Design recommendations - Water Solutions

xylemwatersolutions.com

Design recommendations - Water Solutions

Design recommendations

for pump stations with vertically installed Flygt axial-

and mixed flow pumps


Contents

Flygt PL and LL pump introduction 4

General considerations for pumping station design 4

Pumping station with multiple pumps

Front inflow to the station 5

Side inflow to the station 6

Pump bay design variations

Open sump design 7

Formed intake design 7

Installation components 10

Recommended dimensions 12

Head loss calculations 14

Installation types

Installation type 1 17

Installation type 2 17

Installation type 3 18

Installation type 4 18

Installation type 5 19

Installation of pumps 19

Cable protection and suspension for tube installed pumps 19

Corrective measures 20

Pump station model testing 21

Computational modeling 22

Systems Engineering 22

This document is intended to assist application engineers, designers, planners and users of sewage and storm

water systems incorporating Flygt axial- and mixed flow pumps installed in a column.

A proper design of the pump sump is crucial in order to achieve an optimal inflow to the pumps. Important

design requirements to be met are: uniform flow approach to the pumps, preventing pre-rotation under the

pumps, preventing significant quantities of air from reaching the impeller and transport of settled and floating

solids. The Xylem standard pump station design can be used as is, or with appropriate variations according to

company guidelines.

Pump and sump are integral to an overall system that includes a variety of structures and other elements such

as ventilation systems and solids handling equipment. Operating costs can be reduced with the help of effective

planning and suitable operation schedules. Xylem personnel and publications are available to offer guidance

in these areas. Transient analysis of pump system behavior, such as air chamber dimensioning, valve

selection, etc., should also be considered in wastewater pump station design. These matters are not addressed

in this brochure, but Xylem can offer guidance.

Please consult a Xylem engineer to achieve optimum pump performance, maximum pump life, and a guarantee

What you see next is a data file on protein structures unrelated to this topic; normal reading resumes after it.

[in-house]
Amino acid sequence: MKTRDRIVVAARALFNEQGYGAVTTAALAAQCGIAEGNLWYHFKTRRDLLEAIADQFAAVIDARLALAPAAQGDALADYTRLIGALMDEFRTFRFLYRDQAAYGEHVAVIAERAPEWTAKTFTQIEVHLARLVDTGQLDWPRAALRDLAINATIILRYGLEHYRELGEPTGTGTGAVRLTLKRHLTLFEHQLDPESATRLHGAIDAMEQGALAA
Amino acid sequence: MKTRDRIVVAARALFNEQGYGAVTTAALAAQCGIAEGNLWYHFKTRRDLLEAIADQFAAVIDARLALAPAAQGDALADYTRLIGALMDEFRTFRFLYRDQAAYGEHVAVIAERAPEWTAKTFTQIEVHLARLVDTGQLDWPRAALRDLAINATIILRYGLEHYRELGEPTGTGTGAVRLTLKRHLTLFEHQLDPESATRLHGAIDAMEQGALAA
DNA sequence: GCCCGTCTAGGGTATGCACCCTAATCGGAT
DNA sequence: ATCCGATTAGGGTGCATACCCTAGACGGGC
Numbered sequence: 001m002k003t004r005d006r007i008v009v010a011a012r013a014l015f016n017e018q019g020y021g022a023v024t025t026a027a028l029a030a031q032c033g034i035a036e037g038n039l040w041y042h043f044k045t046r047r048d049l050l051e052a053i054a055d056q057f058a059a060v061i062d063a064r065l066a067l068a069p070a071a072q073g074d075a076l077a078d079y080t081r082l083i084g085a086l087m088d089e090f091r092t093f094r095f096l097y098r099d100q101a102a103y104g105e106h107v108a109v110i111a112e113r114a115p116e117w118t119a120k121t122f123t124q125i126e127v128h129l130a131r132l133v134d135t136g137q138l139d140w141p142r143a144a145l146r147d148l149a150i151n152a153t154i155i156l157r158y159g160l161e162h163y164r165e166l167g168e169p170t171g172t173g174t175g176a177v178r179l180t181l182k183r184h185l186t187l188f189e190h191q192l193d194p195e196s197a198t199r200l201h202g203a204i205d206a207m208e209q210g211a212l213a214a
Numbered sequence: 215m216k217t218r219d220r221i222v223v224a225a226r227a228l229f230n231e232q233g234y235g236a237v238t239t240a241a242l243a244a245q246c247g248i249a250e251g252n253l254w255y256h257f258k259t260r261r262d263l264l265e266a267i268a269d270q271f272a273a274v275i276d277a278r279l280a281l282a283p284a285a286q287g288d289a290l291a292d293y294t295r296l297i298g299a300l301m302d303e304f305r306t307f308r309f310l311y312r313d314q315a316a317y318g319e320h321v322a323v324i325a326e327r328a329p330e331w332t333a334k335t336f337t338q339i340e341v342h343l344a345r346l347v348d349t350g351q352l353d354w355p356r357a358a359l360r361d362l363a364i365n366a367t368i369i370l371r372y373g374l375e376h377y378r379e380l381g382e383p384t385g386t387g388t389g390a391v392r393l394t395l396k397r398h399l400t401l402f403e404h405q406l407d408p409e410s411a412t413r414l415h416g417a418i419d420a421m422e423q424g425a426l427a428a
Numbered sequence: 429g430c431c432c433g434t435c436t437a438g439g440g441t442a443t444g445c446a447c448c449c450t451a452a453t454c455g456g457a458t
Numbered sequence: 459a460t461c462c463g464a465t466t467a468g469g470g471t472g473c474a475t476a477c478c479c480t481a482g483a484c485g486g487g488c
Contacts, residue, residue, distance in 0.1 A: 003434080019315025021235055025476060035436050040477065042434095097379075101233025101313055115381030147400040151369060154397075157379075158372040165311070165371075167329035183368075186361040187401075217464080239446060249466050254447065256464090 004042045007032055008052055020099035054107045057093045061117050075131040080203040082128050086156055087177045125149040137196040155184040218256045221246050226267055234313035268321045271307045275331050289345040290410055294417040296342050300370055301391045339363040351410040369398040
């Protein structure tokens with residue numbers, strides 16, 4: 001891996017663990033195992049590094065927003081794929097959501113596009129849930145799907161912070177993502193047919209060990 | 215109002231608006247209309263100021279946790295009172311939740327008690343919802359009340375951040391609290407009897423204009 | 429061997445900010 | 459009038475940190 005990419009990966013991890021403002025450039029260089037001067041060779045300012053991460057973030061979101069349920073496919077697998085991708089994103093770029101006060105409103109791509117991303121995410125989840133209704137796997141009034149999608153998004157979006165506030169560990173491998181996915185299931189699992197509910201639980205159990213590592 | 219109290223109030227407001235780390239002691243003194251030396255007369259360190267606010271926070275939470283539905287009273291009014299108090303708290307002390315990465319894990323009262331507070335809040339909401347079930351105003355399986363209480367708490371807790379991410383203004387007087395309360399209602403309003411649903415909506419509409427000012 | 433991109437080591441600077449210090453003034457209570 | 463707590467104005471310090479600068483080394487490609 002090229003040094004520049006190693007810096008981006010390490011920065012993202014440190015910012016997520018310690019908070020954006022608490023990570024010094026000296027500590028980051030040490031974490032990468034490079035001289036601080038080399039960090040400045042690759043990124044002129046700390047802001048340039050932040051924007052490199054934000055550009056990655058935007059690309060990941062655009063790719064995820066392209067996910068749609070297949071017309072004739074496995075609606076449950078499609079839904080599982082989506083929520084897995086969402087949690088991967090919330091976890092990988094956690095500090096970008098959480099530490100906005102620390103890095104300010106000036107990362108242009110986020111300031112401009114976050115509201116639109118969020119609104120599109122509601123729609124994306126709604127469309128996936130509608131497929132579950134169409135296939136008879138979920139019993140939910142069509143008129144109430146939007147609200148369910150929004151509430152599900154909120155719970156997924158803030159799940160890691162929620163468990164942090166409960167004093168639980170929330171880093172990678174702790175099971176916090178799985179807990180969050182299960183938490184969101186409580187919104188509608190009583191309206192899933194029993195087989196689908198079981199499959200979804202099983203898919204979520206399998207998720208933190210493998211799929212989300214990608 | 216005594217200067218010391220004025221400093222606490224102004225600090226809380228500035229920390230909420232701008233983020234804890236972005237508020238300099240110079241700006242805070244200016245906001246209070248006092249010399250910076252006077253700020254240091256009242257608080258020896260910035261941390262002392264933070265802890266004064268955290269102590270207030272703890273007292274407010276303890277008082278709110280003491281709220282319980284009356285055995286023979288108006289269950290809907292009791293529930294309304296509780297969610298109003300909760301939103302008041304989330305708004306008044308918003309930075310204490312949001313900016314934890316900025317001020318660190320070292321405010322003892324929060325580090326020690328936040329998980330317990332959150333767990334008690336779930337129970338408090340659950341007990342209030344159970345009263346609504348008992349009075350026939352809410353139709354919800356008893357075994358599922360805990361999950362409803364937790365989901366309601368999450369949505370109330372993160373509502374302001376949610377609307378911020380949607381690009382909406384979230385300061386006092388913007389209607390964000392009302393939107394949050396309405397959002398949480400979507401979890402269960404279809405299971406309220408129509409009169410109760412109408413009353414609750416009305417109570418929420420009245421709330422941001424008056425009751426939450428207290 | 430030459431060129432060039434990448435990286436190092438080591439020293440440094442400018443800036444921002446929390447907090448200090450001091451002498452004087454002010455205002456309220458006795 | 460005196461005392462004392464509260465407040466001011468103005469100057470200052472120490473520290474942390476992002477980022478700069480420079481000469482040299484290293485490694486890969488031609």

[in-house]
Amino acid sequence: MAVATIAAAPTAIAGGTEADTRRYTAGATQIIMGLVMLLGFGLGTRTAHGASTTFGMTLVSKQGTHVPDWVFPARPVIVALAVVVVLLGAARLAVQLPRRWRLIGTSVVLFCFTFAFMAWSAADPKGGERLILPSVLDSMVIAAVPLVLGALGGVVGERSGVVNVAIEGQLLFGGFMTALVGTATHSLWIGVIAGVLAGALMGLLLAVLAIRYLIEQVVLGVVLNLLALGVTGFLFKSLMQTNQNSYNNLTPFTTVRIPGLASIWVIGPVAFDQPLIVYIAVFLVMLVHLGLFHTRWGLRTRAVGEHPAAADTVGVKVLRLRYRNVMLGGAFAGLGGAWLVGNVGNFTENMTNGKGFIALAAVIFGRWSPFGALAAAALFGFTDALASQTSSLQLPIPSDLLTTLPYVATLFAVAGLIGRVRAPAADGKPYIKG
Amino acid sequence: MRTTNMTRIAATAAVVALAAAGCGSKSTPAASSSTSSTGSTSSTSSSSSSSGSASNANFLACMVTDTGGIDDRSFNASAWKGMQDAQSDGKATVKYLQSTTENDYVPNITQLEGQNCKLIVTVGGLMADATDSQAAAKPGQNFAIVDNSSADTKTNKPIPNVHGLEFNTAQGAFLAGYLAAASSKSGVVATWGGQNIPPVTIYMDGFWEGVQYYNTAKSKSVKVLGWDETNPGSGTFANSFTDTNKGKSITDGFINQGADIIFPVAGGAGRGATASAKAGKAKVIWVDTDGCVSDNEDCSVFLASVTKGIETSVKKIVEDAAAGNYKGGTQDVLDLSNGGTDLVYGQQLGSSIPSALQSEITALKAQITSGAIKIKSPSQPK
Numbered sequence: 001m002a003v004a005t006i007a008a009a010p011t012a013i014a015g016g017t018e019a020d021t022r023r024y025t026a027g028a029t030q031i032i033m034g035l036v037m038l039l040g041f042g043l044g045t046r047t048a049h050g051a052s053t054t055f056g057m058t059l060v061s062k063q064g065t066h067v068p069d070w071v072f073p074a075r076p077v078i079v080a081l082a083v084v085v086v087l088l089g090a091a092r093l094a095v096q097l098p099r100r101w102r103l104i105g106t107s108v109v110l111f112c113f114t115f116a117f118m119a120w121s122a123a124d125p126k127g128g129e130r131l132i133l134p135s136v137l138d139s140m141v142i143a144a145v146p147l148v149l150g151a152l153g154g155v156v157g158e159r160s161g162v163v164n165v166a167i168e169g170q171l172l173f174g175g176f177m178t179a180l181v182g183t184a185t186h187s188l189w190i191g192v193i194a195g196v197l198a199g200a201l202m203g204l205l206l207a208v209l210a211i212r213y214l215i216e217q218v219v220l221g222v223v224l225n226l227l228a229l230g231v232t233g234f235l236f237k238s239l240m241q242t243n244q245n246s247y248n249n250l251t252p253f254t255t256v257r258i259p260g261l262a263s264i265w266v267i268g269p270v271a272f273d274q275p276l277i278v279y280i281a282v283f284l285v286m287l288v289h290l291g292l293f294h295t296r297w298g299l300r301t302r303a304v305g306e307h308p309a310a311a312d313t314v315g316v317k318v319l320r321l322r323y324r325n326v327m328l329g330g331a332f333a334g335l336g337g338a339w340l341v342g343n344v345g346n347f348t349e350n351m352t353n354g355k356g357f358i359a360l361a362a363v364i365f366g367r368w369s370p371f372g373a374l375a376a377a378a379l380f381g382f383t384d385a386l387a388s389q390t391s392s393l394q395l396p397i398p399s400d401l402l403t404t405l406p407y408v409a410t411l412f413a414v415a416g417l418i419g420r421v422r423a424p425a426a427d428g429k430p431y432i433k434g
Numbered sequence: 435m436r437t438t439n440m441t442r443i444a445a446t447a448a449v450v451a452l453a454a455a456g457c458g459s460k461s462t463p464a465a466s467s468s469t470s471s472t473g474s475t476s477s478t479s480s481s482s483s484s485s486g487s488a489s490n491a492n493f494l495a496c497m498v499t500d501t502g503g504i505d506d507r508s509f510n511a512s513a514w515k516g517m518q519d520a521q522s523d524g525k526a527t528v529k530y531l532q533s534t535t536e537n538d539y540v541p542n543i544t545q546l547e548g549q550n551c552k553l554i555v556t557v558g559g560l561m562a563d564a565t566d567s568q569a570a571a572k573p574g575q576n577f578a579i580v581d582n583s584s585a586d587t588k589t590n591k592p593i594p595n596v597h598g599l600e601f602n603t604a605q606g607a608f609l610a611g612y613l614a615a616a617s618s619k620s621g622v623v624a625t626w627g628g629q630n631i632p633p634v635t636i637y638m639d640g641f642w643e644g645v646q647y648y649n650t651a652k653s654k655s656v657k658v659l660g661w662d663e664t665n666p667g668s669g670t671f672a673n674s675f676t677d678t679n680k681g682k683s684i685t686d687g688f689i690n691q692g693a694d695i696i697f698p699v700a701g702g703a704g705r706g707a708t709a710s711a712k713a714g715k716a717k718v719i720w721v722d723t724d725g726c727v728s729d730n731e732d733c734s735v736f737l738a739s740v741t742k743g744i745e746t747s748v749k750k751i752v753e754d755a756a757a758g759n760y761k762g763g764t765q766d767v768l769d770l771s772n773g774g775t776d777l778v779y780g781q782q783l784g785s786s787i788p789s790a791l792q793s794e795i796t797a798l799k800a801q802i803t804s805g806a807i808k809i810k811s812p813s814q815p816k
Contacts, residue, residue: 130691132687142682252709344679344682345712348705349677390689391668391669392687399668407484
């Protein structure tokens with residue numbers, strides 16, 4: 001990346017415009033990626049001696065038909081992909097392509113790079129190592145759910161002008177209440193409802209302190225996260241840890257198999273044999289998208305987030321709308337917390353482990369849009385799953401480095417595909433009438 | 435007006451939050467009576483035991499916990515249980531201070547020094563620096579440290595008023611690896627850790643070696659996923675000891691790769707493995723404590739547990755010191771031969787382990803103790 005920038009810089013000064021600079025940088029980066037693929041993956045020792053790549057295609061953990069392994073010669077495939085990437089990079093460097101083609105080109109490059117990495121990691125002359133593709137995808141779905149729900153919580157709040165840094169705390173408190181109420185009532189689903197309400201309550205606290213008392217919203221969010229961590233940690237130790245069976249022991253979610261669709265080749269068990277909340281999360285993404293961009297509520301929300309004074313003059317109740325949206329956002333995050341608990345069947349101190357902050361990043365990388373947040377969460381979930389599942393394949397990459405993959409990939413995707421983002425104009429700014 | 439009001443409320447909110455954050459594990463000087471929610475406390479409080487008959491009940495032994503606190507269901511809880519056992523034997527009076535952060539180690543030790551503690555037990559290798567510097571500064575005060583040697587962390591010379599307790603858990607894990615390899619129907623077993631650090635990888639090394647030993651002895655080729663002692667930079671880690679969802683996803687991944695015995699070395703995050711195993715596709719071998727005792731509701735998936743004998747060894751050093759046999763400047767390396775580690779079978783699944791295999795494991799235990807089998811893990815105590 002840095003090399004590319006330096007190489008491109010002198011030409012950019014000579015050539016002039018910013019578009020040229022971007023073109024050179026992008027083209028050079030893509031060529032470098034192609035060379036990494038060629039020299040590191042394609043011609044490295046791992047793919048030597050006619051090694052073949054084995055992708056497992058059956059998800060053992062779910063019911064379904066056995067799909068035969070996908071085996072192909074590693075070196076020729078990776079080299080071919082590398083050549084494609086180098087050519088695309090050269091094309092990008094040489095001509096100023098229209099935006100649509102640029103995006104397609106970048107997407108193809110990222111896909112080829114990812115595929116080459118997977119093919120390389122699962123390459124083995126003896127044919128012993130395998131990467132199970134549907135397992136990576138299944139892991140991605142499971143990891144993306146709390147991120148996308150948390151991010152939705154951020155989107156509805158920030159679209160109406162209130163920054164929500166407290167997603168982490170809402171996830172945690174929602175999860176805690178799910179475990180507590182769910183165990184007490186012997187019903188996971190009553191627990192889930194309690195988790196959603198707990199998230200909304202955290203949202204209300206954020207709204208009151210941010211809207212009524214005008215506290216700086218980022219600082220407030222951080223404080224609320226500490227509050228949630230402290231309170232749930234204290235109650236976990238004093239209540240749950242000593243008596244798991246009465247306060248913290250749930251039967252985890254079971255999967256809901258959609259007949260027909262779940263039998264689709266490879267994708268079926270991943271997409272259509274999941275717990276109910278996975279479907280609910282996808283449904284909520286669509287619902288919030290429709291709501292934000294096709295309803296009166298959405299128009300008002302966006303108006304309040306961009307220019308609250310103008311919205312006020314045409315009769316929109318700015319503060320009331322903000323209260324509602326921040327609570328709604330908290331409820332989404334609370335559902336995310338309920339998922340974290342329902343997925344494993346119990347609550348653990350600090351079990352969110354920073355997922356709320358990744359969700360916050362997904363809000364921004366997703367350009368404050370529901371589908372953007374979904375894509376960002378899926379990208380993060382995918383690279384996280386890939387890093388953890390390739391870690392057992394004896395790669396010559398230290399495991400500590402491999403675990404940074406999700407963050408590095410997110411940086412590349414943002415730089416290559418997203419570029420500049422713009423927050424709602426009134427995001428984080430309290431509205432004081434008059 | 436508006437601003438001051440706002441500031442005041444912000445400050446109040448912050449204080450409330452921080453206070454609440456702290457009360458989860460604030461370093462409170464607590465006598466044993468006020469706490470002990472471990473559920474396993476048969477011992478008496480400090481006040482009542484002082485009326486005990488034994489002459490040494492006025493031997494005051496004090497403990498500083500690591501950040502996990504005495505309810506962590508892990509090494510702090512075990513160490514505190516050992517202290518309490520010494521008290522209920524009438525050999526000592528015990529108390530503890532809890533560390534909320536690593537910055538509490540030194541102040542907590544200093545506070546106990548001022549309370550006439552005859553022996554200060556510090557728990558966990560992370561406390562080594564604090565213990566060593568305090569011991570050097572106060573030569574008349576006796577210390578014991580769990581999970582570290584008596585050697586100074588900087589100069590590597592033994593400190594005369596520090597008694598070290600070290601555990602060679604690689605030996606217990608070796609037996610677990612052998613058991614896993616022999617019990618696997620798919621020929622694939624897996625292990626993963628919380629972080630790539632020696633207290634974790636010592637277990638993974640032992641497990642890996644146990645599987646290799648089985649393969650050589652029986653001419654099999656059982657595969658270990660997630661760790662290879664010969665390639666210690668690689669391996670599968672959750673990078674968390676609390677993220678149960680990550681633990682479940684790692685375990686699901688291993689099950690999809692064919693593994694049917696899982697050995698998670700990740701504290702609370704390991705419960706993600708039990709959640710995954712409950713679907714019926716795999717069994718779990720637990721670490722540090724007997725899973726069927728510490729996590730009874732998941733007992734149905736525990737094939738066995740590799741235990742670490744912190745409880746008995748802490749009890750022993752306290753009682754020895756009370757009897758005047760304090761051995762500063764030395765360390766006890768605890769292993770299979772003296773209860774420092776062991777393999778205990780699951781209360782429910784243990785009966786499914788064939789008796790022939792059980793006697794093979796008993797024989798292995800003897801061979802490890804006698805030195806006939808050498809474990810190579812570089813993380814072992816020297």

that product warranties are met. The design recommendations are only valid for Xylem equipment. Xylem

assumes no liability for non-Xylem equipment.

3


Flygt PL and LL pump introduction

Xylem submersible and verti cally installed axial

flow pumps (PL) and mixed flow pumps (LL) have

been used in a wide variety of applications all over

the world. Applications include storm water stations

and sewage treatment plants, land drainage

and irrigation systems, fish farms and power

plants, shipyards, amusement parks and many

other applications wherever large volumes of

water have to be pumped.

Flygt submersible PL and LL pumps offer

important advantages such as:

• Compact motor and pump unit

• No separate lubrication system

• No external cooling system

• Low operating sound level

• Quick connection and disconnection for

installation and inspection

• Minimal station superstructure

• Simple pipe work

Flygt PL and LL pumps are usually installed in a

vertical discharge tube on a support flange incorporated

in the lower end of the tube. No anchoring

is required because the weight of the pump is

sufficient to keep it in place. The pumps are equipped

with an anti-rotation gusset. This arrangement

provides the simplest possible installation ‐ the

pump is just lowered into the discharge tube by

hoist or crane. Retrieval of the pump is equally

simple.

General considerations for pumping

station design

The proper design of the pump sump is crucial in

order to achieve an optimal inflow to the pumps.

Ideally, the flow at the pump inlet should be uniform

and steady, without swirl, vortices or entrained

air.

• Non-uniform flow at the pump intake can reduce

efficiency and cause pulsating loads on the propeller

blades, resulting in noise and vibrations.

• Unsteady flow can also cause fluctuating loads,

noise and vibrations.

• Swirl in the intake can change the head, flow,

efficiency and power in undesirable ways. It can

also augment vortices.

• Vortices with a coherent core cause discontinuities

in the flow and can lead to noise, vibration

and local cavitation. Vortices emanating from the

free surface can become sufficiently powerful to

draw air and floating debris into the pump.

• Entrained air can reduce the flow and efficiency,

causing noise, vibration, fluctuations of load and

consequent physical damage.

Experience with designs already in use provides

valuable guidelines for the design of multiple

pump stations. Adaptations of existing and wellproven

designs can often provide solutions to

complex problems even without model tests.

Xylem has extensive experience based on many

successful projects, and the services of our qualified

engineers are always available.

For special applications beyond the scope of this

brochure, please contact your local Xylem system

engineer for assistance.

Flygt axial flow pumps (PL)